family unloading car

It’s a familiar scenario for many people. You move to a new location and bring your car with you. Your driving situation is essentially the same, yet your insurance rates have changed – perhaps significantly.

It’s only logical to wonder why your auto insurance changed when you moved. Depending on where you’ve moved to, your car insurance rates may increase, decrease or stay the same. Here’s why.

Why your auto insurance increases after a move

Whether you’re moving near or far, your insurance rates could change because your ZIP code is a factor auto insurers use when setting their rates. Even a short move across town could result in higher premiums if the move makes your commute longer. Here are some other reasons why your rates may climb.

  • Rural Areas – Premiums for drivers in rural areas could rise if weather conditions like seasonal tornadoes and more wildlife collisions increase your likelihood of getting into an accident or filing a claim.
  • Larger Cities – Your new locale might have a higher rate of theft, vandalism or other risk factors. This is often the case in cities and densely populated areas. And with higher traffic congestion, accident rates are often higher in more urban areas.
  • Local Cost of Living – Similarly, some areas have a higher cost of living, which could translate to a higher cost of claims. The insurer must then pass on the higher costs of car repairs and medical care after accidents to their policyholders.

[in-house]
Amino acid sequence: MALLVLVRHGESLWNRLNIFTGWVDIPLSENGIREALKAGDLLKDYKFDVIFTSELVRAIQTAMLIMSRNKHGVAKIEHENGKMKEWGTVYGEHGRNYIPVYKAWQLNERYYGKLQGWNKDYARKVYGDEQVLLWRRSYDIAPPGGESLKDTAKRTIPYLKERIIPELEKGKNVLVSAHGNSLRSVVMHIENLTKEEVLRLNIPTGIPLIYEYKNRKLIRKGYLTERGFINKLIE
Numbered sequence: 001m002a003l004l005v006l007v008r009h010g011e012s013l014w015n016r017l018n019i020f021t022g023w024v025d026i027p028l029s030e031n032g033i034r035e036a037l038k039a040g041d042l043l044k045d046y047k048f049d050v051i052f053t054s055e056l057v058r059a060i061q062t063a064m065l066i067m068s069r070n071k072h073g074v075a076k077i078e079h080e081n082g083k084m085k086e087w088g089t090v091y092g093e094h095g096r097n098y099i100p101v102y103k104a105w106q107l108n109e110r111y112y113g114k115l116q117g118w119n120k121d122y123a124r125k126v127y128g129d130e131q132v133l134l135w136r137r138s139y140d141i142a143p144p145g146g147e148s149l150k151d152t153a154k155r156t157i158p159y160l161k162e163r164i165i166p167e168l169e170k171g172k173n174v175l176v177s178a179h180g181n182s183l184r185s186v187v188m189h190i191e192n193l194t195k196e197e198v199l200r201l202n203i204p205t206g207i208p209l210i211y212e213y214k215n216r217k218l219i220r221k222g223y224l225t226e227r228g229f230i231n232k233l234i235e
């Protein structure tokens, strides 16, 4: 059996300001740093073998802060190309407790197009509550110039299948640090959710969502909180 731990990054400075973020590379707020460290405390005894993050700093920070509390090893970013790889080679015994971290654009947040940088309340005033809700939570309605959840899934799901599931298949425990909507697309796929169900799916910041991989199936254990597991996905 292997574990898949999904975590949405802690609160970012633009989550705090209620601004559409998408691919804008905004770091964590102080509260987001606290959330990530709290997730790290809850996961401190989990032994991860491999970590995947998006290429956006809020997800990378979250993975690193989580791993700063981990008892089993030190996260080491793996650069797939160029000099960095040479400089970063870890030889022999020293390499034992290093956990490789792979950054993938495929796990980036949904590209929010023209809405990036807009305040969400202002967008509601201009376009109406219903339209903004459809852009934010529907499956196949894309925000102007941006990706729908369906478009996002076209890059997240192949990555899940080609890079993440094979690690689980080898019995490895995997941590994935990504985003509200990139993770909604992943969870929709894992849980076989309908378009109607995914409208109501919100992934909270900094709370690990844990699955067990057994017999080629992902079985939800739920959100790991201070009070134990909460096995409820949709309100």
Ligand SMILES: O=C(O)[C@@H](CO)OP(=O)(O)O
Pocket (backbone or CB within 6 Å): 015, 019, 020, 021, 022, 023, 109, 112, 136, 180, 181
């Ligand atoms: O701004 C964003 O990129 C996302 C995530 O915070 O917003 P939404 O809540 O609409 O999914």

New state, new car insurance regulations

Your rates could drastically change if you move to a different state. Remember, every state has its own unique coverage requirements. When you inform your insurer you’re moving, they must cancel your old policy and draft a new one that complies with your new state’s coverage regulations. These requirements may be different and more extensive in your new location, resulting in higher premiums.

As you might imagine, some states and cities have more expensive auto insurance rates than others. For example, Louisiana, New York and Michigan charge the highest auto insurance premiums, according to the Insurance Information Institute (III), so if you move to one of these states – or another state with high insurance costs – your premiums may rise significantly.

Why your auto insurance decreases after a move

For all the reasons for higher insurance rates mentioned in the preceding section, the opposite may be true if your move results in reduced premiums. For example, your premiums could drop if your move resulted in a shorter commute, less exposure to natural disasters or lower rates of theft, vandalism and accidents.

Where you’re moving to can also have a considerable impact on your car insurance rates.

Example: Let’s say you move from Brooklyn, New York, to start a new life in Raleigh, North Carolina. According to data from The Zebra, the move could deliver a whopping $2,397 in premium savings over six months. This is because Brooklyn carries the highest premiums on average for full coverage at $2,977 every six months. By contrast, Raleigh’s average premiums are $580 for a six-month policy – the lowest for a major city.